K9 Unit

K9 Unit

The Madison Police Department's K9 unit is comprised of eight working dogs. Seven of these canines are dual-purpose dogs, trained in both narcotics detection and patrol work (building searches, tracking, locating evidence, etc.) and the eighth canine is a single-purpose bomb detection dog. Seven of the dogs are assigned to patrol services, and one is assigned to the West District Community Policing Team.

January 23, 2019 12:01 PM

The Madison Police Department proudly announces the newest member of its K9 Unit, Patton. K9 Patton is an almost two-year-old German Shepherd who was born in the Poland. Patton is handled by Officer Nick Eull and replaces Officer Eull’s former partner, K9 Frees, who retired recently. Patton … [read more]

December 20, 2018 9:56 AM

A message from Capital K9s: On behalf of Capital K9s and the Madison Police Department, we are writing to you today asking for your help to s-t-r-e-t-c-h our Capital K9 dollars as far as possible! A vendor we hope to purchase another K9 from -- F.M. K9 -- is running a … [read more]

August 20, 2018 12:32 PM

The Madison Police Department proudly announces the newest member of its K9 Unit, Bowie. K9 Bowie is a three-year-old Belgian Malinois who was born in the Netherlands. Bowie is handled by Officer Eric Disch and replaces Officer Disch's former partner, K9 Jagger, who retired earlier this … [read more]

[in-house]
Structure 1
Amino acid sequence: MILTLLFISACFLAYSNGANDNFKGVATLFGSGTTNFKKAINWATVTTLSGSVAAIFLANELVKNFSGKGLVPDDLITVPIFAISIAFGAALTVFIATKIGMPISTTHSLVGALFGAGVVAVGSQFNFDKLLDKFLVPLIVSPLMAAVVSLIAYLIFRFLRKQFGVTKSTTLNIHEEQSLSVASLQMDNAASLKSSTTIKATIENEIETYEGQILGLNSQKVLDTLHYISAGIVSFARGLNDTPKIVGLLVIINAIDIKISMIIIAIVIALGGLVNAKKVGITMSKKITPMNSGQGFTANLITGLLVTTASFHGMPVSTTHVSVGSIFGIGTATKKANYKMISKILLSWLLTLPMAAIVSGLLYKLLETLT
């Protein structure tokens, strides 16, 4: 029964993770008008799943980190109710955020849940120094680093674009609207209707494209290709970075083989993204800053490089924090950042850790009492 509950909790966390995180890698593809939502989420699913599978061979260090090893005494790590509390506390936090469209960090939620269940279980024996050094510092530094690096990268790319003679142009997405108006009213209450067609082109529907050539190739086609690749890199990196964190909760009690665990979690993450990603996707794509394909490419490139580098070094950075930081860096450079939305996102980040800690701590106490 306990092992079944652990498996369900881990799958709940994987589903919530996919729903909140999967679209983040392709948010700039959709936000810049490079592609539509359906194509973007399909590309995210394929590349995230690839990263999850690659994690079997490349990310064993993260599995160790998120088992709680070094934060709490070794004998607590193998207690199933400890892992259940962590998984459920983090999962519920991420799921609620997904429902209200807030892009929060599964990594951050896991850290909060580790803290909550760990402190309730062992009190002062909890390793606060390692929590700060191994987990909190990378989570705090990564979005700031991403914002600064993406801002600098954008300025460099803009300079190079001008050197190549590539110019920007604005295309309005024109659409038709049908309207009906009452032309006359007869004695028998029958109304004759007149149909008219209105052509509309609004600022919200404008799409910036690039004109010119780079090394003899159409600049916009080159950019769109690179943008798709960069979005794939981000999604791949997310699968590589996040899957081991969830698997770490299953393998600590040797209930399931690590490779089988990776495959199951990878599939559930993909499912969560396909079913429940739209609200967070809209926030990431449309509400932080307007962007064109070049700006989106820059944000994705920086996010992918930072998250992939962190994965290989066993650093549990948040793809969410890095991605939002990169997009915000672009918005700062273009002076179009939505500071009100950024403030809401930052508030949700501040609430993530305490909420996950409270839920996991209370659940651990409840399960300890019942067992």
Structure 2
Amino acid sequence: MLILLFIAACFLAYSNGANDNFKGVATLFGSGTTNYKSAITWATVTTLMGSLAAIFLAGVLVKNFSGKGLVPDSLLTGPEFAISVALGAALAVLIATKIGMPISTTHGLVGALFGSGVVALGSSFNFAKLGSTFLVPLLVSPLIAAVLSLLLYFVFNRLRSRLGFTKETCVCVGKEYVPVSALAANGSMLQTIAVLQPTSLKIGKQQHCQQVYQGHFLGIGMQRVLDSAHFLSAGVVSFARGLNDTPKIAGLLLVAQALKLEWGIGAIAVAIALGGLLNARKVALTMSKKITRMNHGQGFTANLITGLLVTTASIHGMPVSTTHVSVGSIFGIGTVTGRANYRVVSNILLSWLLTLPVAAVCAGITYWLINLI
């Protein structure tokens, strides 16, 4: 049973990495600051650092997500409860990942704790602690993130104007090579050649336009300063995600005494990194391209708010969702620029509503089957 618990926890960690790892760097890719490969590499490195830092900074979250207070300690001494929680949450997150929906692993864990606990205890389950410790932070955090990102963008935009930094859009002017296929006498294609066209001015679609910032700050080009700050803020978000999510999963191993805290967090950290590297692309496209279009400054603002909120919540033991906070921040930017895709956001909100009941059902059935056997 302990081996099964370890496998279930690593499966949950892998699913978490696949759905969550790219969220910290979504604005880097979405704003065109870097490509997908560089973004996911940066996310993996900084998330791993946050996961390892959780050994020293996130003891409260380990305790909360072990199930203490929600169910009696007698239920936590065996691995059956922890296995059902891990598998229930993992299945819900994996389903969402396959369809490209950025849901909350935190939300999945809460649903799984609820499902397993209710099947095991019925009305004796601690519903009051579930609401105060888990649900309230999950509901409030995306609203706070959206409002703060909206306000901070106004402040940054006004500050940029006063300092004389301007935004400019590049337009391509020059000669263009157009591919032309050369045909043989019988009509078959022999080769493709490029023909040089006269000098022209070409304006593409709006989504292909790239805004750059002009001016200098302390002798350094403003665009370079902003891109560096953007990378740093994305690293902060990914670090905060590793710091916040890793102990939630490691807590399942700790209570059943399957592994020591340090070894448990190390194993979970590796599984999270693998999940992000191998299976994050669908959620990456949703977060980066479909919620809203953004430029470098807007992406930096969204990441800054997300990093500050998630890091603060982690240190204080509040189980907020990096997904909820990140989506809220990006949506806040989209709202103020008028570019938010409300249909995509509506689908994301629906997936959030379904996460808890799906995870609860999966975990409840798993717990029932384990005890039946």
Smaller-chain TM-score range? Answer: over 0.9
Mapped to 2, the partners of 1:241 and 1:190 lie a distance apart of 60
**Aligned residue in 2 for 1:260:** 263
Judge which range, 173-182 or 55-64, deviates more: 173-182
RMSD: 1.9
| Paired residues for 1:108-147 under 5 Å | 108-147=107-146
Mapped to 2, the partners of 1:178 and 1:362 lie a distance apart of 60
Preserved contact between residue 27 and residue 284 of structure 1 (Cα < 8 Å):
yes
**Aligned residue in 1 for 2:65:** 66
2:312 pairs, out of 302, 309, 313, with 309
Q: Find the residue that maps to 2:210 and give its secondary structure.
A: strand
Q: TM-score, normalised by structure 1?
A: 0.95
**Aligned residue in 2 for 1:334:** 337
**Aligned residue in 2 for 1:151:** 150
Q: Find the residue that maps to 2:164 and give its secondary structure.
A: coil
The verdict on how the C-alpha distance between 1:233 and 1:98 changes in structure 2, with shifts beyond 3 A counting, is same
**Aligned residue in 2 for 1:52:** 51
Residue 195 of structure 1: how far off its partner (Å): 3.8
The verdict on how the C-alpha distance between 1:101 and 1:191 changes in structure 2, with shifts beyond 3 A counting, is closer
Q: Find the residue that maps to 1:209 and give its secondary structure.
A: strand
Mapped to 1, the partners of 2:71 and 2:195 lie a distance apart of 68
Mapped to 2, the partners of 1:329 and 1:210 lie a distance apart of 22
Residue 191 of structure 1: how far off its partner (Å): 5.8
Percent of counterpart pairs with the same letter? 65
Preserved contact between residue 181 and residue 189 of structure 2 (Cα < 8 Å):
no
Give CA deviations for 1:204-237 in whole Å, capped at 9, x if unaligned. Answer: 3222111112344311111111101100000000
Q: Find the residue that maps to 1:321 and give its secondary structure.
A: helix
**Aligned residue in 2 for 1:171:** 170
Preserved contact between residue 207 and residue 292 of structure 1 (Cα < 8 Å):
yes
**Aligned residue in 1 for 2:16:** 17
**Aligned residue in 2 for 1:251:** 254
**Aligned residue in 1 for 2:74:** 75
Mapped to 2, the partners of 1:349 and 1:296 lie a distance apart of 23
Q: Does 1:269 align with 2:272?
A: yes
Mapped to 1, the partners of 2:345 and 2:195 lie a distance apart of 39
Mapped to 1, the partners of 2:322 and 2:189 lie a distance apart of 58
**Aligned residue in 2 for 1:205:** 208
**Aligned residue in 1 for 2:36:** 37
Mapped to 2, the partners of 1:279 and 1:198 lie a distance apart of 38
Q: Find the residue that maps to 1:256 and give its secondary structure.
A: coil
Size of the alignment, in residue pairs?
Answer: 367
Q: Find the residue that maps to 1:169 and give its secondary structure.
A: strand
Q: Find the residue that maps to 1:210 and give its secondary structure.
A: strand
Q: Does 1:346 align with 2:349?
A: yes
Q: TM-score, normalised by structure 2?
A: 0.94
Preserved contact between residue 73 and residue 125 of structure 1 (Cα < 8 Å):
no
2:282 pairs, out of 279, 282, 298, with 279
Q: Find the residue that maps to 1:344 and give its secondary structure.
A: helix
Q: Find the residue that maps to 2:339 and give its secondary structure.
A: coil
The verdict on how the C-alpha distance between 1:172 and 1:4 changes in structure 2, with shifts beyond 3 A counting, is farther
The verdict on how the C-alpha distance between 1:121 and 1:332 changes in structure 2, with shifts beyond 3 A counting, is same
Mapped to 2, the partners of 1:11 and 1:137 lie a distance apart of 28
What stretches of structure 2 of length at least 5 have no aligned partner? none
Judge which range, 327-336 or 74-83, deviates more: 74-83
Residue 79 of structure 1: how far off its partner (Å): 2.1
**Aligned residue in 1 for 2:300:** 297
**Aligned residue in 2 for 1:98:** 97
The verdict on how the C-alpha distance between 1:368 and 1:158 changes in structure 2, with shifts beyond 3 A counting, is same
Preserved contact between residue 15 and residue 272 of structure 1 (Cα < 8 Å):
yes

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K9 Unit Photos

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K9 Unit K9 Unit The department's K9 teams provide a great service to the community, tracking missing persons, apprehending suspects and locating evidence. They allow patrol officers to work in a safer and more efficient manner and perform functions that human officers are simply unable to do. For example, officers searching a building—without the benefit of a K9 team—will take much longer to perform the search (and will be exposed to greater risk). Performing a building search with a K9 team will enable to the search to be performed in much less time, increasing efficiency (freeing up officers for other calls/duties) and decreasing risk to officers. The K9 teams have tracked (and located) missing persons, apprehended dangerous suspects, and been responsible for the removal of a significant amount of illegal drugs and weapons from the community.

K9 Unit All the costs of the patrol K9 teams (except for officer salaries) are provided by community donations. A non-profit organization - Capital K9's - staffed by community volunteers raises funds to support the unit.